What is the cervical function of the foramina transversaria?
- allows passage of vertebral artery and vein to the brain
Which cervical level do the vertebral arteries and veins not pass through?
Why is dislocation of the cervical vertebrae likely?
- as the articular facets are FLAT
- hence here is not much bony congruity
What is the varying severity of dislocation of cervical vertebra?
1. Flexion sprain
2. 25% subluxation
3. 50% sublaxation
4. Complete dislocation - facet jumping
What is complete dislocation also known as?
Why might sublaxation in cervical vertebra not compress the spinal cord?
as vertebral foramen is relatively wide
What are the 2 atypical cervical vertebrae?
- C1 - Atlas
- C2 - Axis
What does the atlas (C1) not have? (2)
1. spinous process
What arches does Atlas (C1) contain?
- anterior and posterior arches
What do the anterior and posterior arches on the atlas have?
What is the tubercles on the medial surface of the lateral mass for?
- transverse ligament
What does the transverse ligament do?
- holds in place the dens of the axis
What does the atlas (C1) articulate with?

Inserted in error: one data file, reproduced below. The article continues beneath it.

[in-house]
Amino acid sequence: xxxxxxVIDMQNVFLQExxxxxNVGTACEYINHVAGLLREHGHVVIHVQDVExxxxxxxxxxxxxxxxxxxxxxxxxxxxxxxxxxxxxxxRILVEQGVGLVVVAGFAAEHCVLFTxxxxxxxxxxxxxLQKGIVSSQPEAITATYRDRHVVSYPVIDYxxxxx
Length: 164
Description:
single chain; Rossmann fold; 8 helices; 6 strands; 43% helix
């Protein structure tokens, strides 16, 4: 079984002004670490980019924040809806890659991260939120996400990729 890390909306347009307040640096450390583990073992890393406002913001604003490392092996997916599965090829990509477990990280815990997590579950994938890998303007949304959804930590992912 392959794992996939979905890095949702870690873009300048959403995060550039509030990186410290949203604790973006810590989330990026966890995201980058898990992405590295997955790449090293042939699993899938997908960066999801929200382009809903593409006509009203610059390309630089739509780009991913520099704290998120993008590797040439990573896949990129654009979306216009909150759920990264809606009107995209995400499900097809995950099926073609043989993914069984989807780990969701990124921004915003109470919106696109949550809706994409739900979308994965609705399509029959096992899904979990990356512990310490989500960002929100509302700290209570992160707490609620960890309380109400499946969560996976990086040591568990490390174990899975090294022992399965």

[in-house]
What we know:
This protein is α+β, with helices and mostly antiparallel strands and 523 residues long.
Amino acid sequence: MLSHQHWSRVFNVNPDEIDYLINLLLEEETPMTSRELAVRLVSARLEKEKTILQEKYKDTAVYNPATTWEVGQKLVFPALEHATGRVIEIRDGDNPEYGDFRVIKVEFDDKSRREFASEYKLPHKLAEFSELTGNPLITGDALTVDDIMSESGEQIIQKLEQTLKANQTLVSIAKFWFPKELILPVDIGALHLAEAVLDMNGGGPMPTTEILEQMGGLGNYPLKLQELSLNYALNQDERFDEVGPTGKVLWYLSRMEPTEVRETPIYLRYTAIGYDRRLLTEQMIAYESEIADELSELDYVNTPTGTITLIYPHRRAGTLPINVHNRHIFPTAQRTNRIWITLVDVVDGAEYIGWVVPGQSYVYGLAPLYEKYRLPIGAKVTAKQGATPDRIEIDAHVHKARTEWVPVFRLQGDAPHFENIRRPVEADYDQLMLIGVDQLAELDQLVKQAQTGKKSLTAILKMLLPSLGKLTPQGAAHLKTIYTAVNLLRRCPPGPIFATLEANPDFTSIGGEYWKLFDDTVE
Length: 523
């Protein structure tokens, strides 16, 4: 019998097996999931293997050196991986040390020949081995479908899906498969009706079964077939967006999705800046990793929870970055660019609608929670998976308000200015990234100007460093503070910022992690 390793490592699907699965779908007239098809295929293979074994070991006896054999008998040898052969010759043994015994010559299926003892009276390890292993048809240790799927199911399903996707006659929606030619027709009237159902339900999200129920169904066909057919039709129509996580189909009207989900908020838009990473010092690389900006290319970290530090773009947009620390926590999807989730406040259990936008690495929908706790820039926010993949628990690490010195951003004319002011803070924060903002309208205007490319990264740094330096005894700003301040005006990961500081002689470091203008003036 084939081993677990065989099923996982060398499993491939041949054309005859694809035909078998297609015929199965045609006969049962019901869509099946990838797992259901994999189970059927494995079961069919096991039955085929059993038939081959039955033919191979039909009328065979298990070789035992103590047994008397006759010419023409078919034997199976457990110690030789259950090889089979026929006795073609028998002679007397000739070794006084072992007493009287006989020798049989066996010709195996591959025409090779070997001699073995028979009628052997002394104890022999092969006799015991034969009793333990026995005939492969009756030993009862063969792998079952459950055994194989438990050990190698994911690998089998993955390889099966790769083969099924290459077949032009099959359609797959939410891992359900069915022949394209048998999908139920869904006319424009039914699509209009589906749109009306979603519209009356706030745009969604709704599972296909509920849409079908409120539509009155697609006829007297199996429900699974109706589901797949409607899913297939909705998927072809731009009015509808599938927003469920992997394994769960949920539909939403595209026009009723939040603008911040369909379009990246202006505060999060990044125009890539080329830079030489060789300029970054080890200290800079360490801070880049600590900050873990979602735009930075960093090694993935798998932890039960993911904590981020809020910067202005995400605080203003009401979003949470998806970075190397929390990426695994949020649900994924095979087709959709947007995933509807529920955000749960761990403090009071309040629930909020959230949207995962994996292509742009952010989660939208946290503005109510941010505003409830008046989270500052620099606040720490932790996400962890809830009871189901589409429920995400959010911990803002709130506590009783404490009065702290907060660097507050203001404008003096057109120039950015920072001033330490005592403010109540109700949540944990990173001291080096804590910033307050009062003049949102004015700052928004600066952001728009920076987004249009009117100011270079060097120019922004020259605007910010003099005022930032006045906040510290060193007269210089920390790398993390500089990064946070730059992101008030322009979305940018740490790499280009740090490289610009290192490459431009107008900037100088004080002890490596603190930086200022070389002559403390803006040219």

- the base of the skull
How many large surfaces does the axis (C2) have?
What does the atlas rotate upon on the axis?
- superior articular facets
What is the distinguishing feature of the axis?
What is the dens also known as?
Why does the transverse ligament of the atlas hold the dens in place?
to prevent horizontal displacement of the atlas
What does the dens do?
- allows the atlas to act as pivot
- allows the atlas to attach the head and enable it to move from side to side
Why is the dens prone to fracture?
the bone of the dens is less dense
What causes fracture of the dens? (2)
Why is the spinal cord not usually affected in the fracture of the dens?
- as the dens is held in place via the transverse ligament of the atlas
What percentage of dens fractures results in non-union?
What is the treatment for non-union dens fractures?